For the better part of the past year, dozens of female business owners in the South Carolina Upstate have been terrorized by anonymous, unsolicited text messages from an unknown sender(s) – messages which have been increasing in frequency and vulgarity in recent weeks.
And spreading in scope …
And while thousands of messages have been sent over the course of multiple months, only a handful of police reports have been filed with various Upstate law enforcement agencies related to the serial harassment. That is changing this week, though. A group of Upstate businesswomen who have found themselves on the receiving end of these disturbing messages are planning to present additional evidence during a meeting with the Greenville, S.C. police department on Friday at 8:30 a.m. EST.
Numerous other local law enforcement agencies are likely to receive similar reports, too.
As of this writing, no suspects have been identified and no arrests have been made in connection with the deluge of vile, harassing messages. In fact, most of the women who reported receiving the messages to local law enforcement were told nothing could be done unless the sender(s) specifically threatened violence against them.
The community of female entrepreneurs impacted by these messages came to light earlier this week in a post made to a private Facebook group which is dedicated to young professionals in the Greenville area. Within a few hours, the post had received thousands of views and hundreds of comments.
As more women began sharing their stories, a distinct pattern to the text blitzkrieg began to emerge.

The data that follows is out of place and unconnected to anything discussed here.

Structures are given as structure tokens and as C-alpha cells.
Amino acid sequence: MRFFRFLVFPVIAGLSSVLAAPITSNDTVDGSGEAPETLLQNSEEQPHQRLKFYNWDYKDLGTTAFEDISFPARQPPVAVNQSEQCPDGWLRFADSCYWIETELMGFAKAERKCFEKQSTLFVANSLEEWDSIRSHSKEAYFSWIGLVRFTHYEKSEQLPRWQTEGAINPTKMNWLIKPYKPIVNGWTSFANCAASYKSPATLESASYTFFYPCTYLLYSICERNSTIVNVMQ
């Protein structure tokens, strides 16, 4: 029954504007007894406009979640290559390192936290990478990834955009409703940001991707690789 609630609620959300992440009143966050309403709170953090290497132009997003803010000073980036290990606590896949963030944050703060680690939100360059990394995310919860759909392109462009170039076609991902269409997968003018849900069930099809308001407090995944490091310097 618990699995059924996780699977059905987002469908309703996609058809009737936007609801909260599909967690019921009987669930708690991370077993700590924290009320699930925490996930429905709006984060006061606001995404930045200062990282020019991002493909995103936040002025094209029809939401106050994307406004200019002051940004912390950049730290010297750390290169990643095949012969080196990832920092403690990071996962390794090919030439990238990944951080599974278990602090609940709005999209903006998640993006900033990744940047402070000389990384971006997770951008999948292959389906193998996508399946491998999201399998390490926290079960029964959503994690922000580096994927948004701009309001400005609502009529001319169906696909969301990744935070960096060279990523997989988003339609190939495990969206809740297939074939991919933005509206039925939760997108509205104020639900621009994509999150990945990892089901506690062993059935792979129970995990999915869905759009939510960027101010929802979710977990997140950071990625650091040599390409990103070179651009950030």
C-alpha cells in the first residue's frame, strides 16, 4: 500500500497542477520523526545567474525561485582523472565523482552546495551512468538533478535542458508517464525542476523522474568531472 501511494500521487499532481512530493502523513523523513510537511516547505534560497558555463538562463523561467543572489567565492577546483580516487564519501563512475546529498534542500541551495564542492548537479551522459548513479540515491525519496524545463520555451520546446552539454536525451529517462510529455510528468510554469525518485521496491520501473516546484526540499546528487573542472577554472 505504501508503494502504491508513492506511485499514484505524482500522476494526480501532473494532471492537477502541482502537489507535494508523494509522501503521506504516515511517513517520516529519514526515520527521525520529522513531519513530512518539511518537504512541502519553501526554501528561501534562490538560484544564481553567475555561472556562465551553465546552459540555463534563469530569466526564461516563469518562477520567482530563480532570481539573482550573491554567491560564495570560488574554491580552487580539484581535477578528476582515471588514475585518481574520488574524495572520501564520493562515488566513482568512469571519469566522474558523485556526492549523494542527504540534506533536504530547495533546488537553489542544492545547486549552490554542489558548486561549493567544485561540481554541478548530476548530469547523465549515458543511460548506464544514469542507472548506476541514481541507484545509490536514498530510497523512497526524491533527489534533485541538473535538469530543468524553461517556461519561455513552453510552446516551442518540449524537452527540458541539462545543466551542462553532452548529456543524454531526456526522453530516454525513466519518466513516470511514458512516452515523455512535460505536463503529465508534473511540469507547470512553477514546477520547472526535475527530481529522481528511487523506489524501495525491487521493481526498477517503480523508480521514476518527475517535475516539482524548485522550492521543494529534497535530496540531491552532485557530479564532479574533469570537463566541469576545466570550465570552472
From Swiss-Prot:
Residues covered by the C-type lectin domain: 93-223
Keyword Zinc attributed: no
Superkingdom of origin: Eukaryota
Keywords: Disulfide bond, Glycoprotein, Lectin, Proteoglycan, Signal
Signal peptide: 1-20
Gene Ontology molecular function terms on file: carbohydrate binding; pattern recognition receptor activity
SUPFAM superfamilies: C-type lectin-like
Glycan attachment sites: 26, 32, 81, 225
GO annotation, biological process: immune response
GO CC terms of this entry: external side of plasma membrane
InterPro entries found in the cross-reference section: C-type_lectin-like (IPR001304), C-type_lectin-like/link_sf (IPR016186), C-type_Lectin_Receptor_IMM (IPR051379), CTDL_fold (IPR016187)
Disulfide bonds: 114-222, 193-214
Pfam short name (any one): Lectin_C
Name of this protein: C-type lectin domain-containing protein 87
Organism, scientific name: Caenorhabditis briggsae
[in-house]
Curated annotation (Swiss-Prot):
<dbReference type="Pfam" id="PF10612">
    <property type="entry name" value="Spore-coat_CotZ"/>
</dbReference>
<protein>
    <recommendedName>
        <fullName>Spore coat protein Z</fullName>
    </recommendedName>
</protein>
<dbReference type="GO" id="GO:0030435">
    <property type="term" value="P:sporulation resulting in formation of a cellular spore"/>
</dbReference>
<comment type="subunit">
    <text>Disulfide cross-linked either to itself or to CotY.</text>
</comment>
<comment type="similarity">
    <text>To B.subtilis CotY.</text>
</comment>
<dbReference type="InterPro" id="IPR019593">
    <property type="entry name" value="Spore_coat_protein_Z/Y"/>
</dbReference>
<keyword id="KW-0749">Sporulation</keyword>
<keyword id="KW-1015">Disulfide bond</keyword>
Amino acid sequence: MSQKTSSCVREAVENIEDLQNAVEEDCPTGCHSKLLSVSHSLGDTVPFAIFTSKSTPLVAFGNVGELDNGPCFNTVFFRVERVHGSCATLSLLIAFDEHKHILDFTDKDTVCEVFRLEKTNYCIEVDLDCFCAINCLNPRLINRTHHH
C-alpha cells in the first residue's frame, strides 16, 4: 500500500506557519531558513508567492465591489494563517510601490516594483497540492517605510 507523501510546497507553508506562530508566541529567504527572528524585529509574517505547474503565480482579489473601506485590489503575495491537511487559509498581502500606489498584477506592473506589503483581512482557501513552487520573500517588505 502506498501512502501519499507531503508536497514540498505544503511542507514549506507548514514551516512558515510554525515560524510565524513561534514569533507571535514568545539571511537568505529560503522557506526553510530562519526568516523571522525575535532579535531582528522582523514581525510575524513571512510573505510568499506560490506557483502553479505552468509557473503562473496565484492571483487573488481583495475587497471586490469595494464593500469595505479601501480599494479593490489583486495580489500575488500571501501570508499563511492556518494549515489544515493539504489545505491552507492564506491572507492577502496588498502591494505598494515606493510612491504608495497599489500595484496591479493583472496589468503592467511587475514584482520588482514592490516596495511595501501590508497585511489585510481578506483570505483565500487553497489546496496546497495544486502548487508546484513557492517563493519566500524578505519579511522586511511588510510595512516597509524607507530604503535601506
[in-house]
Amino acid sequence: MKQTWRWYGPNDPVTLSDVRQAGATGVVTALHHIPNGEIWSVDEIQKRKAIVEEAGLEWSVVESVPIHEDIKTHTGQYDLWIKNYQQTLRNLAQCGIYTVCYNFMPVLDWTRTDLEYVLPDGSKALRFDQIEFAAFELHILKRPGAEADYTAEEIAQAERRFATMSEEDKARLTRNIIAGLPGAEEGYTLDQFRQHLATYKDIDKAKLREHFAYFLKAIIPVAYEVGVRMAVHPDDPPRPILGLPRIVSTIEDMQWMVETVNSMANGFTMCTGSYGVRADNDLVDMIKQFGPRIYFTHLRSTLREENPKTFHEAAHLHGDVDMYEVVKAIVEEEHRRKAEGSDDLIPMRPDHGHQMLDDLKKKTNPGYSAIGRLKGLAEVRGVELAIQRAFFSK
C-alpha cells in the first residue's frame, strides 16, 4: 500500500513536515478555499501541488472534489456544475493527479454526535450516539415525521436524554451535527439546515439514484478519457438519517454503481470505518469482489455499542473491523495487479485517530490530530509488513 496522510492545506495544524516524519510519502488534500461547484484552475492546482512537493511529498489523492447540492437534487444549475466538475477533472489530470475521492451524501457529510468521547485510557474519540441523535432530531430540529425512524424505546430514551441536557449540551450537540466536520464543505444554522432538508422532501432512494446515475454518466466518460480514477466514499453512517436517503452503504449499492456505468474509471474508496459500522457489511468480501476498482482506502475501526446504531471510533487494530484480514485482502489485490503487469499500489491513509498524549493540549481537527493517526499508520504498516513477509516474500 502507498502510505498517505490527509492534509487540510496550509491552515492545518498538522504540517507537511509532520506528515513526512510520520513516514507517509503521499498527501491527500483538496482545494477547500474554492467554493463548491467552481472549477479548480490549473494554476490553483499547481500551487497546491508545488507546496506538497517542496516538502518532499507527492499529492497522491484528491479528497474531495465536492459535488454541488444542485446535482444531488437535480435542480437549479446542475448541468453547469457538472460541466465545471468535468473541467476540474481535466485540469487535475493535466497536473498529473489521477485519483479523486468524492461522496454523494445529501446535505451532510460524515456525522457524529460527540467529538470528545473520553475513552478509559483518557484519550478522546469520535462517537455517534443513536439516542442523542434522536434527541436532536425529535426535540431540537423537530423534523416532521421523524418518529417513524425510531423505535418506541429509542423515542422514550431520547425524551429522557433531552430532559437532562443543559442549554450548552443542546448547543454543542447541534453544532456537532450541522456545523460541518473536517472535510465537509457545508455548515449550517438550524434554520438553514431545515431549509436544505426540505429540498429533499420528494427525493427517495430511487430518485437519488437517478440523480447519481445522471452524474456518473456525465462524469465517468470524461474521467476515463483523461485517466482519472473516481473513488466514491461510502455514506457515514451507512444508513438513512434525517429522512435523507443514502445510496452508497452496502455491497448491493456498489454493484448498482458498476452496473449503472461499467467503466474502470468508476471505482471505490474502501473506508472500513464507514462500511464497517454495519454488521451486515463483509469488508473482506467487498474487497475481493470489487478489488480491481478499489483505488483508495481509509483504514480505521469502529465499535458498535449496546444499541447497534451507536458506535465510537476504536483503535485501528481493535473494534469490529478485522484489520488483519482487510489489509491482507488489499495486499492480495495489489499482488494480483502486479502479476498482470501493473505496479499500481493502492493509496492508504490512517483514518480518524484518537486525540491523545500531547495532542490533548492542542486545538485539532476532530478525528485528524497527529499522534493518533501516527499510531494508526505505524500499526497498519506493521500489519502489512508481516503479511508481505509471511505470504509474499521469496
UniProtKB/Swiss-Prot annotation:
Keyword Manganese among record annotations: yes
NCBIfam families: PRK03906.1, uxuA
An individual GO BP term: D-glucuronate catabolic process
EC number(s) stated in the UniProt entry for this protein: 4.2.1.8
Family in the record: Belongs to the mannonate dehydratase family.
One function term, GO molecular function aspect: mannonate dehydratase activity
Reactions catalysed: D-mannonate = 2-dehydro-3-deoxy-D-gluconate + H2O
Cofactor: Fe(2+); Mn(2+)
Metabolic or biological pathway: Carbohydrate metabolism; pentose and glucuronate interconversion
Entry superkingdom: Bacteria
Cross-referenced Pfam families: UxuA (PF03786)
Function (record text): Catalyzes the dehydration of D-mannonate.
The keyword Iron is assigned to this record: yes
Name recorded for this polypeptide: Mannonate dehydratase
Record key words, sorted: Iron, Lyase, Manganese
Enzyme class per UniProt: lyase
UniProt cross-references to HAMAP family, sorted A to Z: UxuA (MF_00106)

Most of the targets of the harasser(s) indicated they began receiving messages in March or April of this year – but at least two women reported receiving messages from the stalker(s) dating back more than a year.
Many of the graphic messages are identical – almost as if they were copied and pasted prior to being sent to multiple recipients. According to the women I spoke with, though, the stalker(s) are clearly monitoring their social media accounts – sending text messages responding to their posts through an app that disguises their number. The messages range from rude and raunchy to bullying and belittling – with some reportedly crossing the line into menacing or even threatening language.
Not surprisingly, many of the women targeted by the harassment fear the potential for escalation on the part of the stalker(s).
“If they can find our numbers, they can find out where we live,” said Autumn Marie, an Upstate photographer who has been harassed by the stalker(s) since April.
“I have clients to look out for, too,” Marie said. “It’s a safety issue for me, for them – and a liability issue as well.”
As the breadth of the harassment became clear, women in the group began recognizing links to the stalker(s) targets.
“We are all connected in some way,” said Lisa Salas, who is also an Upstate businesswoman.
According to Salas – who also began receiving the messages in April 2022 – the women in the group have been working together to support one another, sharing information but also having each others’ backs on a personal level.
“It’s been very belittling and degrading,” Salas told me. “It’s just very sad.”
Aside from being professional women in the Upstate, there is another common denominator among those individuals being targeted by the stalker(s).
“We’re all super easy to find,” said Ashley Amundsen, an Upstate realtor.
Amundsen – who lives in Piedmont, S.C. – said the stalker(s) began contacting her in September, with the messages quickly ramping up in frequency and intensity. She also indicated the sender(s) were stalking her social media activity.
“They were letting me know they could see everything,” she said.
Stay tuned … this news outlet plans on following this developing story very closely as new information becomes available. Be on the lookout for additional reports as we continue our investigation.
ABOUT THE AUTHOR …
Will Folks is the founding editor of the news outlet you are currently reading. Prior to founding FITSNews, he served as press secretary to the governor of South Carolina. He lives in the Midlands region of the state with his wife and seven children.
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